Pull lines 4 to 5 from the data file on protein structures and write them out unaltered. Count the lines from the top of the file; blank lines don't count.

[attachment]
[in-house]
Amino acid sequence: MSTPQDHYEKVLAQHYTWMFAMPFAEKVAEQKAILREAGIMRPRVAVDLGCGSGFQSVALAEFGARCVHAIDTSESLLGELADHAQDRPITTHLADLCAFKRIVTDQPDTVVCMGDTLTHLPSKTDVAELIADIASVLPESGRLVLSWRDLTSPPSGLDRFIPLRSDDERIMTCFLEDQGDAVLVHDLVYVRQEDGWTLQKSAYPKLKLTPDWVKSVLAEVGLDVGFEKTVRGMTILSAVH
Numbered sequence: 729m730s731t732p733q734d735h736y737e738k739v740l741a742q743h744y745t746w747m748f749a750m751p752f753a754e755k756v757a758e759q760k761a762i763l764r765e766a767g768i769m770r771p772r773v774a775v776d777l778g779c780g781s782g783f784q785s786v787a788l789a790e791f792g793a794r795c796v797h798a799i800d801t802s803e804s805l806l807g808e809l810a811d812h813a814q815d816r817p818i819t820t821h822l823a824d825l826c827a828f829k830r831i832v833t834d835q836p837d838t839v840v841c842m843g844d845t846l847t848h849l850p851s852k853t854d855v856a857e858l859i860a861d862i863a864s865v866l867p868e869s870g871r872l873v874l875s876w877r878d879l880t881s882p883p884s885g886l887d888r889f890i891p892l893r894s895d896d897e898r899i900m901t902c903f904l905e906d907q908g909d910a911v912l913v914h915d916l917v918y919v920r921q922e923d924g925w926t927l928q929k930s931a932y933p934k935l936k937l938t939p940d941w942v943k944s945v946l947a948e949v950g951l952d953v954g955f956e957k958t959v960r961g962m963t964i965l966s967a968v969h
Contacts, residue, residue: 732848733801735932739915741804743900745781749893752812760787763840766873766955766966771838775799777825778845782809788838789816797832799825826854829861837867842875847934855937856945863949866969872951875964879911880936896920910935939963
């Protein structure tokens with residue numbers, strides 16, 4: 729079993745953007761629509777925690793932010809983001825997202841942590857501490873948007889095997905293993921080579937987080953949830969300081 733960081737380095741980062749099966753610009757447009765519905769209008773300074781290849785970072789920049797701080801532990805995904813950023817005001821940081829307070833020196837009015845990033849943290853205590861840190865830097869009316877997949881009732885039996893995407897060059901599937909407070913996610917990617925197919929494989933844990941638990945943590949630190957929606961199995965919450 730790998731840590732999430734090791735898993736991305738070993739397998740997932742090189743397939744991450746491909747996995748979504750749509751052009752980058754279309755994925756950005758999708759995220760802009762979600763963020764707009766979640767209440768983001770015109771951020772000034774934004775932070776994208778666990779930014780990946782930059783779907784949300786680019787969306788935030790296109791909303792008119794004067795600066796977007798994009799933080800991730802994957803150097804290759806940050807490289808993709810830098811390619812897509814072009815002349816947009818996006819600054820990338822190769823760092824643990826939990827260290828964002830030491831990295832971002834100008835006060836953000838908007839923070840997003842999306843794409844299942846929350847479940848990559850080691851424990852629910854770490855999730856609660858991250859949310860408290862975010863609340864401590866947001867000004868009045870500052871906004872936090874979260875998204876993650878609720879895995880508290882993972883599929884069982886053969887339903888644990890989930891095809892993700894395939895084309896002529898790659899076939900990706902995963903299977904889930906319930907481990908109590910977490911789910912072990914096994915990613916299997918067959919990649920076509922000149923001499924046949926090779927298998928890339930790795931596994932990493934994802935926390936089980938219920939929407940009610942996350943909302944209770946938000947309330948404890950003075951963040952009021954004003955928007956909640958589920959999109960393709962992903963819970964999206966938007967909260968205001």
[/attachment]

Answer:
Contacts, residue, residue: 732848733801735932739915741804743900745781749893752812760787763840766873766955766966771838775799777825778845782809788838789816797832799825826854829861837867842875847934855937856945863949866969872951875964879911880936896920910935939963
């Protein structure tokens with residue numbers, strides 16, 4: 729079993745953007761629509777925690793932010809983001825997202841942590857501490873948007889095997905293993921080579937987080953949830969300081 733960081737380095741980062749099966753610009757447009765519905769209008773300074781290849785970072789920049797701080801532990805995904813950023817005001821940081829307070833020196837009015845990033849943290853205590861840190865830097869009316877997949881009732885039996893995407897060059901599937909407070913996610917990617925197919929494989933844990941638990945943590949630190957929606961199995965919450 730790998731840590732999430734090791735898993736991305738070993739397998740997932742090189743397939744991450746491909747996995748979504750749509751052009752980058754279309755994925756950005758999708759995220760802009762979600763963020764707009766979640767209440768983001770015109771951020772000034774934004775932070776994208778666990779930014780990946782930059783779907784949300786680019787969306788935030790296109791909303792008119794004067795600066796977007798994009799933080800991730802994957803150097804290759806940050807490289808993709810830098811390619812897509814072009815002349816947009818996006819600054820990338822190769823760092824643990826939990827260290828964002830030491831990295832971002834100008835006060836953000838908007839923070840997003842999306843794409844299942846929350847479940848990559850080691851424990852629910854770490855999730856609660858991250859949310860408290862975010863609340864401590866947001867000004868009045870500052871906004872936090874979260875998204876993650878609720879895995880508290882993972883599929884069982886053969887339903888644990890989930891095809892993700894395939895084309896002529898790659899076939900990706902995963903299977904889930906319930907481990908109590910977490911789910912072990914096994915990613916299997918067959919990649920076509922000149923001499924046949926090779927298998928890339930790795931596994932990493934994802935926390936089980938219920939929407940009610942996350943909302944209770946938000947309330948404890950003075951963040952009021954004003955928007956909640958589920959999109960393709962992903963819970964999206966938007967909260968205001």